Android fragmentation is a conspiracy cooked up by media and pundits, said Dan Morrill, open source and compatibility program manager for Google Android. Morrill noted that people who wrote about the supposed fragmentation problem for Android had different definitions for the term, rendering the description meaningless. Owners of older Android devices who can't access Google Maps Navigation, Google Gesture Search or Google Earth may disagree.
The use of the term "fragmentation" to describe Google's
Android operating system has no merit because people can't agree what the term
means, according to an Android developer.
In a June 1 post on the Android developer's blog, Dan
Morrill, open source and compatibility program manager for Google Android, said
he remembered first seeing the "F-word" in stories shortly after Android
Vice President of Engineering Andy Rubin and Google CEO Eric Schmidt unveiled
Android on Nov. 5, 2007.
Morrill noted that people who wrote about the supposed
fragmentation problem for Android had different definitions for the term.
For example, he noted that some people use it to describe
that Google pumps out too many operating systems, while others claim it refers to
optional APIs causing inconsistent platform implementations. Others use it to
describe "locked down" devices, or the existence of multiple versions
of the software at the same time.
"Because it means everything, it actually means
nothing, so the term is useless,"
. "Stories on 'fragmentation' are dramatic and
they drive traffic to pundits' blogs, but they have little to do with reality. 'Fragmentation'
is a bogeyman, a red herring, a story you tell to frighten junior developers.
While Morrill's position accurately reflects that of the
company to date, there are signs the company has had trouble keeping Android up
to par with its own applications.
Google has had to
to adapt applications
such as Google Maps Navigation and Google Gesture
Search to work on Android 1.6 devices, in addition to the Android 2.0 or later builds they were initially created for.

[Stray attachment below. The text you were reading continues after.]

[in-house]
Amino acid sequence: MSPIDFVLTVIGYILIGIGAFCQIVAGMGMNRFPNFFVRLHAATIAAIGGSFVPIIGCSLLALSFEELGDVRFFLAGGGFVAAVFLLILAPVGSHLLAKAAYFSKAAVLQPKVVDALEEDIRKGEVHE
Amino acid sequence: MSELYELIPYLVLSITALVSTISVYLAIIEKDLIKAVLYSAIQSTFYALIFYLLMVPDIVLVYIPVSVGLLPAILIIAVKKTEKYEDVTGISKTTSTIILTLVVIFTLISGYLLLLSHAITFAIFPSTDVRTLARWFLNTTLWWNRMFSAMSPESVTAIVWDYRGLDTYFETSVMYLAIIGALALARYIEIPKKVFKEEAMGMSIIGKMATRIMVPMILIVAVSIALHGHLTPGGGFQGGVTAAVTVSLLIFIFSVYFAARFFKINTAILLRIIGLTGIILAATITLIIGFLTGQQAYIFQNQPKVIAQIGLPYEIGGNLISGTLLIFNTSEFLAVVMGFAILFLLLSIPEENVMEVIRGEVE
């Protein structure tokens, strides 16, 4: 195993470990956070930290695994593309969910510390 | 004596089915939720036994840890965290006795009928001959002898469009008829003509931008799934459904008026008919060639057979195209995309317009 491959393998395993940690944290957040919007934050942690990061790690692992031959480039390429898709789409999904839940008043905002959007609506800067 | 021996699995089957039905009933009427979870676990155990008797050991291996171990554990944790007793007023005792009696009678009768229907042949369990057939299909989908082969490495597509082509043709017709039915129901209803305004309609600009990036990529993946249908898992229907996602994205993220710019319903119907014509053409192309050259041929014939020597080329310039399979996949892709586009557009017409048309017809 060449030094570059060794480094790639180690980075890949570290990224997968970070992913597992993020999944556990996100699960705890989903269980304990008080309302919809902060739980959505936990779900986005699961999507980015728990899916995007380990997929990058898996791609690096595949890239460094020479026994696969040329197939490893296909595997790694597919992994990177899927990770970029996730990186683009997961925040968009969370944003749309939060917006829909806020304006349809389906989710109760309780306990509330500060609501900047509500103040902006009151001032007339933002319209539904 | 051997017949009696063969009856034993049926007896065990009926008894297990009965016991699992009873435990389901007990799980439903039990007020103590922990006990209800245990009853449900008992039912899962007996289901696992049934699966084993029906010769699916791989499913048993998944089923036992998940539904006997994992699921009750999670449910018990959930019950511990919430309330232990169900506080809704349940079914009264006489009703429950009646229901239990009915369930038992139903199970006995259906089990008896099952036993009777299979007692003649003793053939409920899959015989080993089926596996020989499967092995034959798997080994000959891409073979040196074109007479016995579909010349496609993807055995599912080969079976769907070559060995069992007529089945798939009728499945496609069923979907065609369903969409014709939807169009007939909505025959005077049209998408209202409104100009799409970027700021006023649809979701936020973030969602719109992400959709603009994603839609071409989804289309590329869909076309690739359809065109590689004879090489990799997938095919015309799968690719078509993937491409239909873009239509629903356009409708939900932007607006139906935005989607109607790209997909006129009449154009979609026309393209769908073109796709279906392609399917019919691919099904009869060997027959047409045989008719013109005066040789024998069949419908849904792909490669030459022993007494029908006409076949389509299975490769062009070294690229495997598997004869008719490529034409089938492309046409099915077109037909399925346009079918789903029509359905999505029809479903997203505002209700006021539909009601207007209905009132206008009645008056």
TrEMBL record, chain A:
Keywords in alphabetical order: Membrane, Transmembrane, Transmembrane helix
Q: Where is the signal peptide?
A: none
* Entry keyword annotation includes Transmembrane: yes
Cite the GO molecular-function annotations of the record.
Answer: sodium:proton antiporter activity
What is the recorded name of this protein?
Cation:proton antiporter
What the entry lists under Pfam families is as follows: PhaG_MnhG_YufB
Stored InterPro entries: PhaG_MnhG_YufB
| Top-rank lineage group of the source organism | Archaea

Google Earth for Android works on Android 2.1 devices and later
So there are certainly compatibility issues in adapting Google
applications for earlier versions of Android, such as 1.5 and 1.6. With each
new version of Android -- Google is on Android 2.2, the Froyo build, now -- an
older model gets shunted to the back of the line.
Morrill, who said Google defines "Android
compatibility" as the ability of a device to properly run apps written
with the Android SDK, addressed this issue in his post:
"While it's true that devices without the latest
software can't run some of the latest apps, Android is 100 percent
forward-compatible - apps written properly for older versions also run
on the newest
The choice is in app developers' hands as to whether they want to
live on the bleeding edge for the flashiest features, or stay on older versions
for the largest possible audience. And in the long term, as the mobile industry
gets more accustomed to the idea of upgradeable phone software, more and more
devices will be upgraded. Morrill's position makes sense, but it may be of little
comfort to owners of the Android 1.6-based HTC Droid Eris, or the Motorola Cliq
and Backflip, which run Android 1.5. Owners of those phones have to wait until
apps built for Android 2.0 or newer get ported to their smartphones.
And where there are consumers who can't access apps
because they're running an older OS, there's bound to be allegations of
fragmentation. The Technologizer puts a fine point on the issue in this post
Google is unbowed by this, even as it is aware of the
issues. Android head Rubin
told the San Jose Mercury News
"Our product cycle is now, basically twice a year,
and it will probably end up being once a year when things start settling down,
because a platform that's moving - it's hard for developers to keep up. I want
developers to basically leverage the innovation. I don't want developers to
have to predict the innovation."